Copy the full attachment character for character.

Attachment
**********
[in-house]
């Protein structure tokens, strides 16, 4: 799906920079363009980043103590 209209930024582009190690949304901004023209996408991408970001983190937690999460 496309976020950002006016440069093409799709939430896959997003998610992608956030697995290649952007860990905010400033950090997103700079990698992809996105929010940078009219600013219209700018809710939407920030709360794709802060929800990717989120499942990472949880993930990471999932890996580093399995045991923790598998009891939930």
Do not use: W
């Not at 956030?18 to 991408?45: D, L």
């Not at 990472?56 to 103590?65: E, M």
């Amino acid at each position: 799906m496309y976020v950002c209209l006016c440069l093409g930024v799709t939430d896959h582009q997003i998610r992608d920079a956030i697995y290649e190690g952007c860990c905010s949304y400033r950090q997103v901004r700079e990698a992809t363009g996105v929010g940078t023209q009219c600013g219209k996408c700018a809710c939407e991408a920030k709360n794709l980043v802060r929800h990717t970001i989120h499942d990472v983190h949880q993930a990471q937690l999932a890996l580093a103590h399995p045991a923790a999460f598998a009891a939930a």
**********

[in-house]
């Protein structure tokens, strides 16, 4: 799906920079363009980043103590 209209930024582009190690949304901004023209996408991408970001983190937690999460 496309976020950002006016440069093409799709939430896959997003998610992608956030697995290649952007860990905010400033950090997103700079990698992809996105929010940078009219600013219209700018809710939407920030709360794709802060929800990717989120499942990472949880993930990471999932890996580093399995045991923790598998009891939930």
Do not use: W
């Not at 956030?18 to 991408?45: D, L």
């Not at 990472?56 to 103590?65: E, M």
């Amino acid at each position: 799906m496309y976020v950002c209209l006016c440069l093409g930024v799709t939430d896959h582009q997003i998610r992608d920079a956030i697995y290649e190690g952007c860990c905010s949304y400033r950090q997103v901004r700079e990698a992809t363009g996105v929010g940078t023209q009219c600013g219209k996408c700018a809710c939407e991408a920030k709360n794709l980043v802060r929800h990717t970001i989120h499942d990472v983190h949880q993930a990471q937690l999932a890996l580093a103590h399995p045991a923790a999460f598998a009891a939930a």